The multiplexer 32 has one input terminal connected to the output line 36 and its own output terminal connected to the input terminal of the flip-flop 33. The output terminal of the flip-flop 33 is connected to the scan output line 37 and is also connected in a feedback path to the second input terminal of the multiplexer 32. The control terminal of the multiplexer 32 is connected to the operation control line 39. When the signal on the line is low, the operations of the microprocessor continue. When the line 39 goes high, operations stop for a stalled condition.
The flip-flop 33 is connected to the clock line 40 so that the flip-flop latches the output signal of the multiplexer 32 at a rising edge of the clock signal on the line 40. Hence, if the signal on the operation control line 39 indicates a stalled condition, the multiplexer 32 selects the feedback input terminal so that the combination of the multiplexer 32 and flip-flop 33 holds the bit at the output terminal of the flip-flop in the previous clock cycle. When the stalled condition is terminated, the signal on line 39 is low and the bit at the output of the multiplexer 31 is then selected by the multiplexer 32. In this manner, signals can be passed along the scan path formed by the scan input lines 35 and scan output lines 37 of the master signal control blocks 20.
The output enable block 21 illustrated in FIG. 4A for each bus node has a decoder 22 which has input terminals connected to the output lines 36 of selected master control signal blocks 20. The decoders 22 of the blocks 21 operate so that one and only one enable/disable signal is generated for the drivers 41 of a node. The output terminal of the decoder 22 is connected to one input terminal of a select-disable block 45 formed by two AND gates 23 and 24 and a multiplexer 25. An alternative circuit for the select-disable block 45 is illustrated in FIG. 4C. A multiplexer 55 and AND gate 53 replaces the multiplexer 25 and two AND gates 23 and 24.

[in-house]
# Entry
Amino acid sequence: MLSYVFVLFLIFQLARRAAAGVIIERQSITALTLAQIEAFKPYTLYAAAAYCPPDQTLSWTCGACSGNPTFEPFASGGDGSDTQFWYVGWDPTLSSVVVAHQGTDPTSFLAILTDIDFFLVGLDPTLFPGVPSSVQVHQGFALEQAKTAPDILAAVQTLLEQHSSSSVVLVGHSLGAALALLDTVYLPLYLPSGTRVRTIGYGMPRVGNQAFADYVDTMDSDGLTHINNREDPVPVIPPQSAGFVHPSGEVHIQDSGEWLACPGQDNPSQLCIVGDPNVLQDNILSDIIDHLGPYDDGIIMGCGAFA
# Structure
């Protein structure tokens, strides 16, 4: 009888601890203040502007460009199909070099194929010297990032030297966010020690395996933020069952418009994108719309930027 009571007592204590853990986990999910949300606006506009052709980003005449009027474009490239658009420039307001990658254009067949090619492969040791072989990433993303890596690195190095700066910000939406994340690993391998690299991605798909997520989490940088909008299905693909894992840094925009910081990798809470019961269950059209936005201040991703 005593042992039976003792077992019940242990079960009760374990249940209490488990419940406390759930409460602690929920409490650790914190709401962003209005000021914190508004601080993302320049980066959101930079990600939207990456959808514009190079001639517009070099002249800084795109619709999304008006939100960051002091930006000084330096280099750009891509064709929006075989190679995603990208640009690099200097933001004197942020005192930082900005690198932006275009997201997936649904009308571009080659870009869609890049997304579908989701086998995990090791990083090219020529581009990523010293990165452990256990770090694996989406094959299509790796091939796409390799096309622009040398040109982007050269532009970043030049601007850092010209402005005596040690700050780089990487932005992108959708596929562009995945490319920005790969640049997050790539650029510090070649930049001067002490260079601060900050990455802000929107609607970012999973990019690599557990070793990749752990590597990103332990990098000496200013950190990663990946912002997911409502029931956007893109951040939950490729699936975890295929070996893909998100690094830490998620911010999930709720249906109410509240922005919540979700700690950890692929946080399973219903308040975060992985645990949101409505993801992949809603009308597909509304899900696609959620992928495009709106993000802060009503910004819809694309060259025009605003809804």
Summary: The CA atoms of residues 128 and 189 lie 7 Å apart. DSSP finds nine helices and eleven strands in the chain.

An input terminal of the AND gate 23 is connected to the output terminal of the decoder 22 and is one input terminal of the select-disable block 45. An input terminal of the AND gate 24 is the other input terminal of the select-disable block 45. The AND gate 23 has its output terminal connected to one input terminal of the multiplexer 25. The output terminal of the multiplexer 25 is connected to the input of a flip-flop 26 which has its output terminal, in turn, connected to the buffer 27. The output terminal of the buffer 27 is connected to the control terminal of the bus driver 41.
The output terminal of the decoder 22 is also connected to an input terminal of a hold register 48, formed by a multiplexer 28 and a flip-flop 29. The output terminal of the multiplexer 28 is connected to the input terminal of the flip-flop 29. The output terminal of the flip-flop 29 is connected in a feedback loop to a second input terminal of the multiplexer 28. The control terminal of the multiplexer 28 is connected to the operation line 39 and the clock terminal of the flip-flop 29 is connected to the clock line 40. The output terminal of the flip-flop 29 (and the hold register 48) is connected to one input terminal of the second AND gate 24, the second input terminal of the select-disable block 45. The AND gates 23 and 24 each have a second input terminal connected to a special control signal line 42. The signal, active low, on the line 42 disables all the drivers 41 and permits a special functional block, such as a bus interface unit, to take controlof the bus. The drivers for the special functional block are enabled only when the signal on the line 42 is active. This permits the special functional block immediate access to the bus, while permitting the serial scan testing of the bus, its drivers and control circuitry without bus contention.
Operationally, the hold register 48, i.e., the multiplexer 28 and the flip-flop 29, holds the bit from the decoder 22 when a stall condition on the control line 39 occurs. While the stall condition continues, the bit from the decoder 22 in the clock cycle when the stall occurred remains at the control terminal of the driver 41. Otherwise and assuming that no active control signal appears on the line 42, the enable/disable signal from the decoder 22 appears on the control terminal of the driver 41 at the rising edge of the clock signal on the line 40.